Teacher summers: Rest, Relaxation, and READING

Hello again!

If you have already started your school year, I hope it is going well so far.  If your year hasn't started yet, I hope you are enjoying your last few weeks of freedom.

Naturally, when summer rolls around teachers establish some high hopes for their summer breaks: Rest, relaxation,  and of course READING. This summer I indulged in quite a few books including:
Your Atomic Self: The Invisible Elements that Connect you to Everything in the Universe
Periodic Tales: A Cultural History of the Elements from Arsenic to Zinc
The Fundamental 5: The Formula for Quality Instruction

I thoroughly enjoyed each of these, but by far, I believe my teaching practices will benefit significantly from the implementation of The Fundamental 5.  While I include many of these practices already, there are definitely some things I hope to incorporate this year.

The whole premise of the book is that high quality lessons have five major components:
  1. Frame the Lesson
  2. Work in the Power Zone
  3. Frequent, Small-Group, Purposeful Talk about the Learning
  4. Recognize and Reinforce
  5. Write Critically
My plan over the next few blog posts is to discuss my implementation of these five aspects of quality instruction in my classroom.

1. The beginning and the end: "Framing the Lesson"
What knowledge and skills do you want your students to acquire out of your lesson?  How might your students demonstrate they have learned these skills?  Framing the lesson begins with stating the objective of your lesson in student friendly verbiage.  For example, objectives can be posted on power points and student note sheets in a "We will..." statement.
  • "We will identify and provide examples for the steps in the scientific method."
  • "We will identify matter as pure substances or mixtures."
When ending your lesson, your students will need to demonstrate they have acquired the necessary skills and knowledge.  To do this, the second part of framing the lesson uses a task-based objective in the form of an "I will..." statement.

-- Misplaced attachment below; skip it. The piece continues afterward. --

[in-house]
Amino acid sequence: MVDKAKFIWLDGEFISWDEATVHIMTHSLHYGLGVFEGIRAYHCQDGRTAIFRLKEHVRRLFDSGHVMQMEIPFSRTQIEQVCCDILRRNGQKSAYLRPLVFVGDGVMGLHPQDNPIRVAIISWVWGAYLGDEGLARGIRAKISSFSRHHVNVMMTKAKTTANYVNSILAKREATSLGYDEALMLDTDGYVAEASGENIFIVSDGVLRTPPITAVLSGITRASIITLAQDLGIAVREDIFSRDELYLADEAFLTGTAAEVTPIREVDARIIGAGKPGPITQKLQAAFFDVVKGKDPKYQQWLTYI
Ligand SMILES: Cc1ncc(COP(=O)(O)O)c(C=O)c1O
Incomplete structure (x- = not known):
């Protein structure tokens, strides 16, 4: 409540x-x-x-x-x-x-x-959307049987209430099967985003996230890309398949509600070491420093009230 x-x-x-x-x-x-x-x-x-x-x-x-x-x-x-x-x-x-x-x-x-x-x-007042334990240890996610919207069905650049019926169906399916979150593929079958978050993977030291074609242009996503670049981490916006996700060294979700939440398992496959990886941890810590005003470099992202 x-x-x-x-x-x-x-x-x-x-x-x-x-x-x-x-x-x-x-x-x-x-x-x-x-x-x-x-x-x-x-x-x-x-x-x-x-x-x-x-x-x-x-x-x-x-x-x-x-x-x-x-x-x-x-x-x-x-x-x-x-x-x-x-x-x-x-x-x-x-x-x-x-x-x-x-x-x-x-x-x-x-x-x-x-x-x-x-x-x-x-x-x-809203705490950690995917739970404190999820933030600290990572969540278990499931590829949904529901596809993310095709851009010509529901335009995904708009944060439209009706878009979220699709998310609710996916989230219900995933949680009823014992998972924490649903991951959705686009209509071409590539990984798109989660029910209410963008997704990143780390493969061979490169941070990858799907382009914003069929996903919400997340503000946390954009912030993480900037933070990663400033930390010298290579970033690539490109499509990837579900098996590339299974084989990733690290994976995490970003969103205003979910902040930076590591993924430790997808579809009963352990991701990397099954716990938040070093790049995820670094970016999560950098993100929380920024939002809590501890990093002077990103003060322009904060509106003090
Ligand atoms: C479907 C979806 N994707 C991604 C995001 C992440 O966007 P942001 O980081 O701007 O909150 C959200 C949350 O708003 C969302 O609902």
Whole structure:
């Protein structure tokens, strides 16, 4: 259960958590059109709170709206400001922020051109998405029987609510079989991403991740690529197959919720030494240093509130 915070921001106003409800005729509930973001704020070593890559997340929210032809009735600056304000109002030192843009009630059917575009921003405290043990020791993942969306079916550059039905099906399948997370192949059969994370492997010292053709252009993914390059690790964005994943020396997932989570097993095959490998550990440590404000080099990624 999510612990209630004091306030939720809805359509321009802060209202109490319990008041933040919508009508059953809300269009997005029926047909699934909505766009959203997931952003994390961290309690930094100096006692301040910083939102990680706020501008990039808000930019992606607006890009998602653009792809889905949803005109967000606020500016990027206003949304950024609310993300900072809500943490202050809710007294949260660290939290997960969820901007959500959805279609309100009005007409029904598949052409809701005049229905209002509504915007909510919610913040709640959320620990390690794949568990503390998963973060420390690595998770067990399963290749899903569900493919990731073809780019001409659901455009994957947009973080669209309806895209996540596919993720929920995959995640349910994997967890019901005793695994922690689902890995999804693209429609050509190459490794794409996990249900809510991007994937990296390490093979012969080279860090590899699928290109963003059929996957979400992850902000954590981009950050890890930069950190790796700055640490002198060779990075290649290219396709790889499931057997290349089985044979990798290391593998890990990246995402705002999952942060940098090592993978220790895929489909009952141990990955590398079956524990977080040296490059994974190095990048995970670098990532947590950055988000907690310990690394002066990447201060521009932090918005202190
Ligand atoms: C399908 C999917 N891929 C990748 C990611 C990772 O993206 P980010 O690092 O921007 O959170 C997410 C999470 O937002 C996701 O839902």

• "I will create an an experiment using the scientific method."
  • "I will complete an exit ticket that classifies matter as pure substances or mixtures."
Notice that the beginning lesson objective is low on Bloom's taxonomy ("identify") but as the lesson progresses to the ending objective moves to higher order skill sets ("create, classify").

Personally, since I teach older students, I prefer to list my objectives under the following heading: "After today you will be able to..."  I just feel it gives my lesson a little more of a young-adult-like feel to it.

2. Where you teach matters: "Work in the Power Zone"
Do you teach from your desk?  Most likely - no.  Why?  Because you know that when you are too far from your students, the less likely they are engaged in your lesson and classroom management issues will arise.  Positioning yourself right in the middle of all the action in your classroom will not only decrease poor student behavior, but will also allow you to instantaneously address misconceptions and increase student performance.  Furthermore, positioning yourself in this manner allows you to take a continual assessment of your students' understanding of the content.  It's a small change, bit it can yield some BIG results.

In my classroom I like to spend time in the center and the two furthest corners of the room.  Students in these areas are often inadvertently overlooked during lecture-based teaching.  During small group guided inquiry, I tend to move about the room from the perimeter to observe student interactions.

Try implementing these easy changes into your lessons and you will certainly be amazed with the outcome!  And if you haven't already done so, pick up The Fundamental 5 and read about #3 in preparation for my next blog post.

Until next time...
Karen (MsRazz ChemClass)

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